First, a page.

Monday, November 29, 2010

On Self Publishing: Joanah Tinio-Calingo

The following is the first in a series of email interviews with some recently acquired contacts in the komiks community. If you'd like to share your own story, or just be a contact, please email me at

And the first article comes from frequent commenter on the blog Joanah Tinio-Calingo!

       I’m Joanah Tinio-Calingo.  I’m a freelance Illustrator, art workshop facilitator, and housewife.  I’m also a member of the Point Zero indie comic group, and have been doing my comic, Cresci Prophecies (a hard-bound photocopied book), for 11 years now.  I’ve also worked on other personal comic projects namely D-koi Junkie (comic strips that came out in Manila Times), Empress 9, Curtains For Hire and I’m currently co-writing KANTO Inc.

      My college friends and I decided to make our indie anthology, after being inspired by the black and white charm of manga.  We thought it was doable.

      We planned to distribute our comic within the college.  And since we don’t have a big budget, we opted for photocopy prints.  We only planned small scale, so a few copies would be just right for us.  But that plan didn’t push through since we were all busy back then.

     I met my current group (Point Zero) a few years later (also in UPCFA).  They were already into photocopying their own comics, and they also sell their stuff during FA week.  I thought, it was about time I tried sharing the story I’ve been working on for years.  So I did, even if I only sold one the first time I released it. ^_^;

     I continued making my second issue after that, and I began giving it away to close friends.

     After that, I met a group of anime shop owners in Katipunan who were willing to distribute my comics.  Soon after, people were looking for it.  So I continued delivering my comics there.  Another comic shop, also in Katipunan, offered to distribute indies, so I took the chance.  The location of the two shops were very close to Ateneo and Miriam College, so I was lucky the two shops were there.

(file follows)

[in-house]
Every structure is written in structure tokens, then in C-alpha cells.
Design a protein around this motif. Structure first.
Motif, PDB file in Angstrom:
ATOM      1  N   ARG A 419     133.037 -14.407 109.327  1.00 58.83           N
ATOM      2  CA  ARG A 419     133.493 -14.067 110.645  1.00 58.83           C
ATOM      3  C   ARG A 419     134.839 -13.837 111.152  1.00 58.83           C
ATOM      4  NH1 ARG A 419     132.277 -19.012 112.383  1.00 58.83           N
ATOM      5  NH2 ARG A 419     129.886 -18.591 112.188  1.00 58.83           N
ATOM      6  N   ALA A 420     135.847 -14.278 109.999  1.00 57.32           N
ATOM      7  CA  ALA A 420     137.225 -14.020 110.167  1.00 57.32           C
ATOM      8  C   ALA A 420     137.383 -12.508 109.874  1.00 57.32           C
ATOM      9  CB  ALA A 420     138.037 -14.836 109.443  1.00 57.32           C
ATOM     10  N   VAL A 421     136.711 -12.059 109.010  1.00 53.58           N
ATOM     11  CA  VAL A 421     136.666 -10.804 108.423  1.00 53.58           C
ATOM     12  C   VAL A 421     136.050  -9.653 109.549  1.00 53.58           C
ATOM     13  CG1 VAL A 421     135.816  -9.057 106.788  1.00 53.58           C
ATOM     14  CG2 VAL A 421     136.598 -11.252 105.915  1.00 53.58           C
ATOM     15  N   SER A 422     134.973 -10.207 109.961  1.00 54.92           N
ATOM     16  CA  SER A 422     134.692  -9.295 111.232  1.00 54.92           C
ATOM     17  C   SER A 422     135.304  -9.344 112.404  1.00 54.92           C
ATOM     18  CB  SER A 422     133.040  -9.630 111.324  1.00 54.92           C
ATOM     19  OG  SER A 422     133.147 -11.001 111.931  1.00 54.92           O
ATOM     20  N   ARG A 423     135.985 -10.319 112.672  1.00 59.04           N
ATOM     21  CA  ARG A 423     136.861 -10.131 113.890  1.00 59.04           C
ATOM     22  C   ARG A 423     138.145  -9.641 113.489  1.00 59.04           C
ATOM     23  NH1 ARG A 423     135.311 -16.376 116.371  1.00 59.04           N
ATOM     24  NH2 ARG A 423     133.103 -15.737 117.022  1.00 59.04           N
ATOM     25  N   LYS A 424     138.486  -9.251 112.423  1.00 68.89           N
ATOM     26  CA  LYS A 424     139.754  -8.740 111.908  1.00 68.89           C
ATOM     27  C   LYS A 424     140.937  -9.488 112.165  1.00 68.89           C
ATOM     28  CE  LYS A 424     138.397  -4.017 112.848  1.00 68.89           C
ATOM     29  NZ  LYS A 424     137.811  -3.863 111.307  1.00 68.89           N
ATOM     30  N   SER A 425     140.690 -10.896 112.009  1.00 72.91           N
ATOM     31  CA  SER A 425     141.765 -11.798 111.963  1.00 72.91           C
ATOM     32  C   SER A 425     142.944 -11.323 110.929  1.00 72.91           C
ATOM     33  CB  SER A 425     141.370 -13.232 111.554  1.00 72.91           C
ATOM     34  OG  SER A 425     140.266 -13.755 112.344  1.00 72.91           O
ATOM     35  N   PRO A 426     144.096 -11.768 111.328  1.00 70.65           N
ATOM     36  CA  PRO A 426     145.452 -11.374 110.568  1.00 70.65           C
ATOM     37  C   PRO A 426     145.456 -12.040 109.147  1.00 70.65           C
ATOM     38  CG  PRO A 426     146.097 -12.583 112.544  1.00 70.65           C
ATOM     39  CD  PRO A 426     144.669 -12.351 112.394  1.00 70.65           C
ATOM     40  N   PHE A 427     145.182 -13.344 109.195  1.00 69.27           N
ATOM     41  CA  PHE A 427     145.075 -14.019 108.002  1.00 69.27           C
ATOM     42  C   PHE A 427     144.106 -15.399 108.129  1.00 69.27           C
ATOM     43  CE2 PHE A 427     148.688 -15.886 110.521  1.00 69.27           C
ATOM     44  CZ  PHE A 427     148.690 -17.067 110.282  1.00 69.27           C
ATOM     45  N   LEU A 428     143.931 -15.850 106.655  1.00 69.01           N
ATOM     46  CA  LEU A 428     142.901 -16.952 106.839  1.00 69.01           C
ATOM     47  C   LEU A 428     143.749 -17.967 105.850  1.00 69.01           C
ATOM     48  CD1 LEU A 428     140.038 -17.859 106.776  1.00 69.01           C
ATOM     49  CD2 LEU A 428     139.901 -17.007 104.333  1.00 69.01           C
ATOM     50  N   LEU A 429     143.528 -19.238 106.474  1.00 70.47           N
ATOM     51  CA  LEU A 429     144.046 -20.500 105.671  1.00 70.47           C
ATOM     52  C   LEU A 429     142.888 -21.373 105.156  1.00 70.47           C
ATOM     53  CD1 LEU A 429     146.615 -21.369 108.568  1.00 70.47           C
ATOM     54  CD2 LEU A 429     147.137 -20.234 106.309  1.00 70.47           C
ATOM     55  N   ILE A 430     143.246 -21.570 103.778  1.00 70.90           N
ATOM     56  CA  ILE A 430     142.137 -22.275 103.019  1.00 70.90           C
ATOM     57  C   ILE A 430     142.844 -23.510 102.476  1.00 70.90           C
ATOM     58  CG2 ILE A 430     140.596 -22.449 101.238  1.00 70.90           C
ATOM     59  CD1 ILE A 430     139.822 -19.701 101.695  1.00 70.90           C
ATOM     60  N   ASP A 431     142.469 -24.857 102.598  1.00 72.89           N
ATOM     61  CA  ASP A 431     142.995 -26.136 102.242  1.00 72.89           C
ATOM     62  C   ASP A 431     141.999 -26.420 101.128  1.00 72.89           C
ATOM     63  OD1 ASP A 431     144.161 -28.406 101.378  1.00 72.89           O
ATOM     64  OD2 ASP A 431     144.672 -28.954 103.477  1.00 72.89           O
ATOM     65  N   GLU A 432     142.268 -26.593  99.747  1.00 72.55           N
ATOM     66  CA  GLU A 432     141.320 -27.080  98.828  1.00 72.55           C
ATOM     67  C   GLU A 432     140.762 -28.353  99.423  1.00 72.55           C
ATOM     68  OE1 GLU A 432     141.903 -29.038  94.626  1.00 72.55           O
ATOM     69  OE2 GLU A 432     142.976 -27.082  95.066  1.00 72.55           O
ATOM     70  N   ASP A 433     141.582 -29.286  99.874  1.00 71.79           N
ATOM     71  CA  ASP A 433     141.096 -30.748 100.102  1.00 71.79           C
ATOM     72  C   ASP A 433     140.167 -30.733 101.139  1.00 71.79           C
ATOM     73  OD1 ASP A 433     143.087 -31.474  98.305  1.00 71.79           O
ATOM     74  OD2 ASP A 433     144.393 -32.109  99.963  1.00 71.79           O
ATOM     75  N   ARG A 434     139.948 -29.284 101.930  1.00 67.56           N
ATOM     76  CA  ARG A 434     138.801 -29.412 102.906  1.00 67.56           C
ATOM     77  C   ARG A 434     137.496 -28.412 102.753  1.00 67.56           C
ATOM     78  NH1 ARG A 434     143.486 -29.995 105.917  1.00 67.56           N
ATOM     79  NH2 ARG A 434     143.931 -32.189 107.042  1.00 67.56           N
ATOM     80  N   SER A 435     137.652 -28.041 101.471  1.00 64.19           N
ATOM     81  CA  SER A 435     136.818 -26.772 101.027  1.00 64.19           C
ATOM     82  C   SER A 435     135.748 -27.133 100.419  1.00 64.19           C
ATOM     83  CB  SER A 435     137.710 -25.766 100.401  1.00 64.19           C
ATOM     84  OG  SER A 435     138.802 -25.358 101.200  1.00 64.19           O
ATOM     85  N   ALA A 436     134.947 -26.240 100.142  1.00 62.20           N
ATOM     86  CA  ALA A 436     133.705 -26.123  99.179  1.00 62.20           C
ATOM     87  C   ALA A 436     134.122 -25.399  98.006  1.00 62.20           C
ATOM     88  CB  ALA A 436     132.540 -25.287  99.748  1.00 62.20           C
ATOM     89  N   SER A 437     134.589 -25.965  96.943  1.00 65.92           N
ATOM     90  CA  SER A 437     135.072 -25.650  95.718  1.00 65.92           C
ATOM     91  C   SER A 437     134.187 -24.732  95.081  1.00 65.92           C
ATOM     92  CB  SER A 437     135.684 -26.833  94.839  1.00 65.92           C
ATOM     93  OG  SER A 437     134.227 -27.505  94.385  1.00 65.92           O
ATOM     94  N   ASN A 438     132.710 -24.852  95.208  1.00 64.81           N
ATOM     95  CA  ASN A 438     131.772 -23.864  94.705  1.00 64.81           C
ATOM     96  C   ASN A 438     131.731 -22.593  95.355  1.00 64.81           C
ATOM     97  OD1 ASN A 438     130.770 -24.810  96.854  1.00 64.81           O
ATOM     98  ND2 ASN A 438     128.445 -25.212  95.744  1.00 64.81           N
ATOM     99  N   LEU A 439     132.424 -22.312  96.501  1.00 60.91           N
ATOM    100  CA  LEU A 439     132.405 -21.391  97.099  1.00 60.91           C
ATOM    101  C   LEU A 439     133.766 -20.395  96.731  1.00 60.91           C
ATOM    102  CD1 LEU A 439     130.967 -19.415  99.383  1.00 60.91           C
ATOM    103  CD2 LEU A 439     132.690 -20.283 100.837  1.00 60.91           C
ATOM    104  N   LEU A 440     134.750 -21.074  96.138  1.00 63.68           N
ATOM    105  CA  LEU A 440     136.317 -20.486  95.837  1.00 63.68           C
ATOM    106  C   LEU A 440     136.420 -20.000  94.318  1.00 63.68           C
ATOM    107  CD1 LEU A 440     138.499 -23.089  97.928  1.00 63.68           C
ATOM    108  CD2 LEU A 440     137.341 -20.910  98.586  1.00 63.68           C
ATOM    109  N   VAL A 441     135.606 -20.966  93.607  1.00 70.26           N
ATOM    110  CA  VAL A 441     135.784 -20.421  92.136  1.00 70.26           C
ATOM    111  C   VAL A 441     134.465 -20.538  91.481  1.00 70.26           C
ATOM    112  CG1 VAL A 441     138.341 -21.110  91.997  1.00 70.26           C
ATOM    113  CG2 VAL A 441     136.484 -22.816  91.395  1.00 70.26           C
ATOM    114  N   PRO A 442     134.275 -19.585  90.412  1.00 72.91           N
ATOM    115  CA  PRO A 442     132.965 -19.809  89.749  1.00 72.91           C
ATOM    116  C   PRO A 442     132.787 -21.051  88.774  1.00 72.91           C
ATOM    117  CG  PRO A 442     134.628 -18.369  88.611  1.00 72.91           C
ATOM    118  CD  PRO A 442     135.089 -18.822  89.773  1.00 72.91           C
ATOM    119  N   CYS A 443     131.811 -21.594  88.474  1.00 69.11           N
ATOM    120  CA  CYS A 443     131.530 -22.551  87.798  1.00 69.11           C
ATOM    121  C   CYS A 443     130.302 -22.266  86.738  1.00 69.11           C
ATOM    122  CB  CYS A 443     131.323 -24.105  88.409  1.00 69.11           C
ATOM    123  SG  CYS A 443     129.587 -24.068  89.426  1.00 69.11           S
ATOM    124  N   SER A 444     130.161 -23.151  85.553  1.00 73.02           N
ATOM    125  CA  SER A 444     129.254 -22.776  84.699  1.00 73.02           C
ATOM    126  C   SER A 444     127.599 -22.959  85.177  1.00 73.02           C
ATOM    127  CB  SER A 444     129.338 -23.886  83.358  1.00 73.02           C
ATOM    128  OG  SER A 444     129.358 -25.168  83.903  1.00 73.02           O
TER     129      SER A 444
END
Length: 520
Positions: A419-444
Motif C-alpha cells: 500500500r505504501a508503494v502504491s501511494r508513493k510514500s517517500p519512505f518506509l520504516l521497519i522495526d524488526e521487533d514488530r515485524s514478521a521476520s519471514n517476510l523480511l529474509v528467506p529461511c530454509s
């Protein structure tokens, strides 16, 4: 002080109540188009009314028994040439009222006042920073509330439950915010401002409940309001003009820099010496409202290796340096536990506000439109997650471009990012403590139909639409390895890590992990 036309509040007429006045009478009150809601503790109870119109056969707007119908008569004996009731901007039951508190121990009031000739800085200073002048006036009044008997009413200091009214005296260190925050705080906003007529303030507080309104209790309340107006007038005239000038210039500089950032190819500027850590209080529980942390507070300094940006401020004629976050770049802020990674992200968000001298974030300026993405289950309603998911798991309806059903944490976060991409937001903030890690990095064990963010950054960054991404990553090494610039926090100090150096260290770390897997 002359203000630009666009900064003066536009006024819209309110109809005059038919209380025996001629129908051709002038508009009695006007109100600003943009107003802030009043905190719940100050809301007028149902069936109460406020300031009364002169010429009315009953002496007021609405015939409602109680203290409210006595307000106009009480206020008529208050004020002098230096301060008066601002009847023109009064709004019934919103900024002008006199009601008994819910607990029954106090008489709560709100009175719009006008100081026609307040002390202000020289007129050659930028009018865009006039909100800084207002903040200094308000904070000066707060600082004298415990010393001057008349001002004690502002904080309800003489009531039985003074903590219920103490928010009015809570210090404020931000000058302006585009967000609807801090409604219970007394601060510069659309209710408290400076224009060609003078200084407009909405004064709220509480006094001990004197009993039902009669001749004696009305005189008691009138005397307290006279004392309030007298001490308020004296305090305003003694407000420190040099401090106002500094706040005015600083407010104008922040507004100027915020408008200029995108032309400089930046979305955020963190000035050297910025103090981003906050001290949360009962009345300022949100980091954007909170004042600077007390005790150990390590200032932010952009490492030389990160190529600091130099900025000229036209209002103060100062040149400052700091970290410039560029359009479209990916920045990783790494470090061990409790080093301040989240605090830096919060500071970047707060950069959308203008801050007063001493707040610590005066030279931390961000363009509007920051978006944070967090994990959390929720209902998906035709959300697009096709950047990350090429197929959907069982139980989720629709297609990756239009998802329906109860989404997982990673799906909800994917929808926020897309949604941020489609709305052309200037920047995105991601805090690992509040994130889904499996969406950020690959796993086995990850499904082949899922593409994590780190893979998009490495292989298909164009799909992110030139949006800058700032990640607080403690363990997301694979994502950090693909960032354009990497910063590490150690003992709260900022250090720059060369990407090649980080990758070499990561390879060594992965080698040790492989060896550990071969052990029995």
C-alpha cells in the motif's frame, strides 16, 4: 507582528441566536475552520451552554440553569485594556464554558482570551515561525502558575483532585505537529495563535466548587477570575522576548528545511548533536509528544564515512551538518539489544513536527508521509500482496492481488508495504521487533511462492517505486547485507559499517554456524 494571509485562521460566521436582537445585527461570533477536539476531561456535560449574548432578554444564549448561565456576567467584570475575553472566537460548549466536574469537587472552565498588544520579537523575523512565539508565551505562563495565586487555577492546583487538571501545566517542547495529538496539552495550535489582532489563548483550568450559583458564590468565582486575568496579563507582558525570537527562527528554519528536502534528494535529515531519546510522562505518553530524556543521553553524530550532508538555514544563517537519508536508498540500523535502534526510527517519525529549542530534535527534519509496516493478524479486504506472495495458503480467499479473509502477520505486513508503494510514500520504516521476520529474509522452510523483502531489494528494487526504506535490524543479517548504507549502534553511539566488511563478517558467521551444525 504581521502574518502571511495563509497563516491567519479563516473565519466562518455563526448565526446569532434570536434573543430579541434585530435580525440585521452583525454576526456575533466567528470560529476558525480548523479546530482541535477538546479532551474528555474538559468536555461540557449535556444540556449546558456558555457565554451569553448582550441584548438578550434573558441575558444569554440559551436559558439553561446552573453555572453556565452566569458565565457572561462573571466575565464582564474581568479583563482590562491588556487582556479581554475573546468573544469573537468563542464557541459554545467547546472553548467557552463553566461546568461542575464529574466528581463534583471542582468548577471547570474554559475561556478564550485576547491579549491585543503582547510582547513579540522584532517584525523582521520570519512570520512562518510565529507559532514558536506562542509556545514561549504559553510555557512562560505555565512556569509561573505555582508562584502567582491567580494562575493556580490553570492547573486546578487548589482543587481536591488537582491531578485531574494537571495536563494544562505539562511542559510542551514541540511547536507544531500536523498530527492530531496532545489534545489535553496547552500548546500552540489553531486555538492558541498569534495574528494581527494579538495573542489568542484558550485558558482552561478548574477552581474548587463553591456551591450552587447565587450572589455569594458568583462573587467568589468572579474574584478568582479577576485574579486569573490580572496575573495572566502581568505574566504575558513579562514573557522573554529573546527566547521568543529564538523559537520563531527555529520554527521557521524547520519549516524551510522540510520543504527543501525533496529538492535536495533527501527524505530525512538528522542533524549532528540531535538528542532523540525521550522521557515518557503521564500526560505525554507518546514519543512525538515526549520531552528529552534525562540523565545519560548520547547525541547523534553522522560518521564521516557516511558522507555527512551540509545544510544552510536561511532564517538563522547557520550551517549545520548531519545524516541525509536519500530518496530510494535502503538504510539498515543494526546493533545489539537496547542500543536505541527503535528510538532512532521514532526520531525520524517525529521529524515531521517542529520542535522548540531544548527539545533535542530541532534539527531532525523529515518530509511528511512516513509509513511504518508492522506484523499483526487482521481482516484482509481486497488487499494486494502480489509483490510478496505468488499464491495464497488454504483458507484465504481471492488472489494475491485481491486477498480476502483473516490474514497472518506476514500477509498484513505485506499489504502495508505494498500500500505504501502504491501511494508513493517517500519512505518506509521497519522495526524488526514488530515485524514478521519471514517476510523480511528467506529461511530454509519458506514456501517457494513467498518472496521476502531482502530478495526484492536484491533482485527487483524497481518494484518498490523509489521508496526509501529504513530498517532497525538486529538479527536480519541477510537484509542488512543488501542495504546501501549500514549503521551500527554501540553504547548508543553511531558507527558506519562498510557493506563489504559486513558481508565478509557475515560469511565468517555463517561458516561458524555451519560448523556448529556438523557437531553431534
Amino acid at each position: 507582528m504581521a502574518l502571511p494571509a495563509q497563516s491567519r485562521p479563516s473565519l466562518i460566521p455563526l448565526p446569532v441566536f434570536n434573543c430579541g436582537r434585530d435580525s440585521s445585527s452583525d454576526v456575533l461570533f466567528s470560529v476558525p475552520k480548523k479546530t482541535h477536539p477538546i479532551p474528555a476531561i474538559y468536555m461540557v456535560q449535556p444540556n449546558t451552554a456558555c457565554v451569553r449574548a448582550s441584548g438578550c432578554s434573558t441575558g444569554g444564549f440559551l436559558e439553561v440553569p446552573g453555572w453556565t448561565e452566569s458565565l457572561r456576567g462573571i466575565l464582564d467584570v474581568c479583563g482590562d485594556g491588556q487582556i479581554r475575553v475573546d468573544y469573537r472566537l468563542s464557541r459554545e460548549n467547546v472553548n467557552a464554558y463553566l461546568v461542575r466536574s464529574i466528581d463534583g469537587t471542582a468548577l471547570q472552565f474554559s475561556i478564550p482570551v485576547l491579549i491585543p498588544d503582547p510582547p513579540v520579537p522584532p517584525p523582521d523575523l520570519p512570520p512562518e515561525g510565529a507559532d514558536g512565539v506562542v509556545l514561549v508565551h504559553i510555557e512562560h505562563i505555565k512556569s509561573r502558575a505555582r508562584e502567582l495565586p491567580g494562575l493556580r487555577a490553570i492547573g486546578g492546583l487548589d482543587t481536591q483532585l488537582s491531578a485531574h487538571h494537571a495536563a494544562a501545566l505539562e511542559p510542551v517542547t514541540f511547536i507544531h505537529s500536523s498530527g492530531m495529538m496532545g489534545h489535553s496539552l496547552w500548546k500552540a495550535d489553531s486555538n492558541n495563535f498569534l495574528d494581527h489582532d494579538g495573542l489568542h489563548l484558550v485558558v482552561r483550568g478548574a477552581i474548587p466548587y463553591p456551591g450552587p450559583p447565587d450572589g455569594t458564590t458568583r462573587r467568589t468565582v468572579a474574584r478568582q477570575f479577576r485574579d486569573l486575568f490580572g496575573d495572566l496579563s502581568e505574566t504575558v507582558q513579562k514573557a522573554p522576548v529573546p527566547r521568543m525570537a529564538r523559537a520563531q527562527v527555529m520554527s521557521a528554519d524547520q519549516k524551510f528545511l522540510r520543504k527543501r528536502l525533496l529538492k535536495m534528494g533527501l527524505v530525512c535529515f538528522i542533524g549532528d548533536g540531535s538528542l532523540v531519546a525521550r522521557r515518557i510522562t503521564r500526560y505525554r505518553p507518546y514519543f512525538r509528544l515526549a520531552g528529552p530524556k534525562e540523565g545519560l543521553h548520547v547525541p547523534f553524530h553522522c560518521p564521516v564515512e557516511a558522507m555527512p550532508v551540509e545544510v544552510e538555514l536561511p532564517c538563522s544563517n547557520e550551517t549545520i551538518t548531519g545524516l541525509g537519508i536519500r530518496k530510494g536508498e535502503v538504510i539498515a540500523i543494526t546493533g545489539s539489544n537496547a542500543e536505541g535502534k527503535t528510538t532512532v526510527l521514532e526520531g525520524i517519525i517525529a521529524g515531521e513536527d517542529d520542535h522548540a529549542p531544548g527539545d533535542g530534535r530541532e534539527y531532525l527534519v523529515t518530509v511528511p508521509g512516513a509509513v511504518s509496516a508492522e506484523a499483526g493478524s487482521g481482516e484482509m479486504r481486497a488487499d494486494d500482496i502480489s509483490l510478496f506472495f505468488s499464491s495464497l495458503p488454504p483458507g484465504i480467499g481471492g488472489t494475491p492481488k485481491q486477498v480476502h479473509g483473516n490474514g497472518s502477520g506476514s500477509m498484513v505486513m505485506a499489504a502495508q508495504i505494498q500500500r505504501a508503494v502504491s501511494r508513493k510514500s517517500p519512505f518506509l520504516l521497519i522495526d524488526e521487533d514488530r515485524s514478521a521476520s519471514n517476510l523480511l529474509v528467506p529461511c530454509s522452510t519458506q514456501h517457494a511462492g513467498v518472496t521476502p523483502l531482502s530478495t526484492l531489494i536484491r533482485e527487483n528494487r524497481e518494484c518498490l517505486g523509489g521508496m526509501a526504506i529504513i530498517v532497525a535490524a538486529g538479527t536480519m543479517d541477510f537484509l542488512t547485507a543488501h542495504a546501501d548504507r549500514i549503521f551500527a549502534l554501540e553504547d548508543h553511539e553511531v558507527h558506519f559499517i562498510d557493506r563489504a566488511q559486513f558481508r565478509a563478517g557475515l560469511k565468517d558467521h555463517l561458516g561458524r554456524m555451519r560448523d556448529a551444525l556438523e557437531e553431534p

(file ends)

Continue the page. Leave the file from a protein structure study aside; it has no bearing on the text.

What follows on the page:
The big opportunity came when Culture Crash decided to have indie booths in their event.  I grabbed the chance and tried selling my comics to a wider audience.   From there on,  I continued distributing my comics whenever and wherever possible.

    I think what you need to get into comic making, whether you’re just doing it on the side or doing it as a profession, is Patience.  Making comics is taxing even if you’re just doing it as a hobby.  It’s easy to get lazy if you’re not committed to your project or have no intention to finish it.  It’s labor intensive.  If you don’t have the time, have the patience and you’ll eventually finish it whenever you get the chance to sit on it.

       For me, you don’t need to be as good as Jim Lee or Clamp to actually decide to come out with your own comic.  Even if you can only draw stick figures,  as long as you know how to tell a story, you can make a comic. 

       I picked up storytelling techniques by reading books, observing how some of my favorite movies worked by analyzing why I liked it.  And why the visuals worked with the story.   I read novels, and I have a lot of graphic novels in my collection.  I also watch indie films, specially animated shorts.  I also have art books of some animated films, and I read about how they came up with the concepts and the final look of the films they worked on.

     If you’re worried about your drawing skill, you can get all the practice you want once you start making you own comic, even just by doing drafts.  Making the characters consistent in every page would force you to draw over and over.  I sucked at drawing when I made my first chapters, but I got my discipline and practice after doing an animated short (in college), and while doing my comic.  I experimented with halftones, and since I’m quite adept with pencils and other traditional dry media, I tried using it for my comic.  Testing out the limits of the photocopy machine helped me a lot in finding the right technique for my comic.

    Of course what you learn from others and what you pick up from art school would really help you grow.  But mind you, drawing with live models and thinking up poses to match your story without one requires a different kind of discipline.  I’m still learning from a lot of artists about new ways and new techniques to make drawing a little bit faster.